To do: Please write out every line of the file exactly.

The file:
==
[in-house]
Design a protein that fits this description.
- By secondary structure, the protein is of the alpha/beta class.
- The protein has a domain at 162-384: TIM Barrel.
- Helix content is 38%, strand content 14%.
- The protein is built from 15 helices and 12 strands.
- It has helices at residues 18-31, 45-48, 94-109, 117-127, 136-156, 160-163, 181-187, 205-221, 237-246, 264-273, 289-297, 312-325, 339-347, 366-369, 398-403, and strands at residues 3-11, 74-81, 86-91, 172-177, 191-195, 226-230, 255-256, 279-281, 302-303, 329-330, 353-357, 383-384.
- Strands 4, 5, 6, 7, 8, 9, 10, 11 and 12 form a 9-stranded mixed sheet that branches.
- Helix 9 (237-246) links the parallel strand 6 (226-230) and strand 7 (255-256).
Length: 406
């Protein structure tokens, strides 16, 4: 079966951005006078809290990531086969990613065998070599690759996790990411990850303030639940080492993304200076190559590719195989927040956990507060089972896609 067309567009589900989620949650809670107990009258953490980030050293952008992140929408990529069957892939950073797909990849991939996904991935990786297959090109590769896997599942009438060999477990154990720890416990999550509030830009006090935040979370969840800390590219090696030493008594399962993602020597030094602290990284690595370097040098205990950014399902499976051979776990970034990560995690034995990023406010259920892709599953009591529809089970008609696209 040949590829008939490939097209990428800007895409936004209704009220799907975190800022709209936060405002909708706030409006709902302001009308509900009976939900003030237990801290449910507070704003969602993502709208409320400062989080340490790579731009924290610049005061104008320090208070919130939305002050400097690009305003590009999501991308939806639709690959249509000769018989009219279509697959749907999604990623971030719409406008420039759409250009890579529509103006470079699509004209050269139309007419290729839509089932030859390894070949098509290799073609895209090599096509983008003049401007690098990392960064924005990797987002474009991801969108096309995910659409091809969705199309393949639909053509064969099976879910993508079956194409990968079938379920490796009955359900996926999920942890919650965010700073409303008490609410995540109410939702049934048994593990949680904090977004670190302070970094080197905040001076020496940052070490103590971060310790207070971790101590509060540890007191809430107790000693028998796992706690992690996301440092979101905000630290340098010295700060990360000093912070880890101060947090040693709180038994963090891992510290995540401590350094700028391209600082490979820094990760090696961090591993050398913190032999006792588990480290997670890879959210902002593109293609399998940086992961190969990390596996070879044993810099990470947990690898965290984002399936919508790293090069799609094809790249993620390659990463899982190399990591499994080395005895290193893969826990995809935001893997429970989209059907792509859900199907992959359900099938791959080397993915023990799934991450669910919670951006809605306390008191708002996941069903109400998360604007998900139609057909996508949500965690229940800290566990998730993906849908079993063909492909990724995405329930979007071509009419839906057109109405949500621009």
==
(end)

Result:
[in-house]
Design a protein that fits this description.
- By secondary structure, the protein is of the alpha/beta class.
- The protein has a domain at 162-384: TIM Barrel.
- Helix content is 38%, strand content 14%.
- The protein is built from 15 helices and 12 strands.
- It has helices at residues 18-31, 45-48, 94-109, 117-127, 136-156, 160-163, 181-187, 205-221, 237-246, 264-273, 289-297, 312-325, 339-347, 366-369, 398-403, and strands at residues 3-11, 74-81, 86-91, 172-177, 191-195, 226-230, 255-256, 279-281, 302-303, 329-330, 353-357, 383-384.
- Strands 4, 5, 6, 7, 8, 9, 10, 11 and 12 form a 9-stranded mixed sheet that branches.
- Helix 9 (237-246) links the parallel strand 6 (226-230) and strand 7 (255-256).
Length: 406
């Protein structure tokens, strides 16, 4: 079966951005006078809290990531086969990613065998070599690759996790990411990850303030639940080492993304200076190559590719195989927040956990507060089972896609 067309567009589900989620949650809670107990009258953490980030050293952008992140929408990529069957892939950073797909990849991939996904991935990786297959090109590769896997599942009438060999477990154990720890416990999550509030830009006090935040979370969840800390590219090696030493008594399962993602020597030094602290990284690595370097040098205990950014399902499976051979776990970034990560995690034995990023406010259920892709599953009591529809089970008609696209 040949590829008939490939097209990428800007895409936004209704009220799907975190800022709209936060405002909708706030409006709902302001009308509900009976939900003030237990801290449910507070704003969602993502709208409320400062989080340490790579731009924290610049005061104008320090208070919130939305002050400097690009305003590009999501991308939806639709690959249509000769018989009219279509697959749907999604990623971030719409406008420039759409250009890579529509103006470079699509004209050269139309007419290729839509089932030859390894070949098509290799073609895209090599096509983008003049401007690098990392960064924005990797987002474009991801969108096309995910659409091809969705199309393949639909053509064969099976879910993508079956194409990968079938379920490796009955359900996926999920942890919650965010700073409303008490609410995540109410939702049934048994593990949680904090977004670190302070970094080197905040001076020496940052070490103590971060310790207070971790101590509060540890007191809430107790000693028998796992706690992690996301440092979101905000630290340098010295700060990360000093912070880890101060947090040693709180038994963090891992510290995540401590350094700028391209600082490979820094990760090696961090591993050398913190032999006792588990480290997670890879959210902002593109293609399998940086992961190969990390596996070879044993810099990470947990690898965290984002399936919508790293090069799609094809790249993620390659990463899982190399990591499994080395005895290193893969826990995809935001893997429970989209059907792509859900199907992959359900099938791959080397993915023990799934991450669910919670951006809605306390008191708002996941069903109400998360604007998900139609057909996508949500965690229940800290566990998730993906849908079993063909492909990724995405329930979007071509009419839906057109109405949500621009």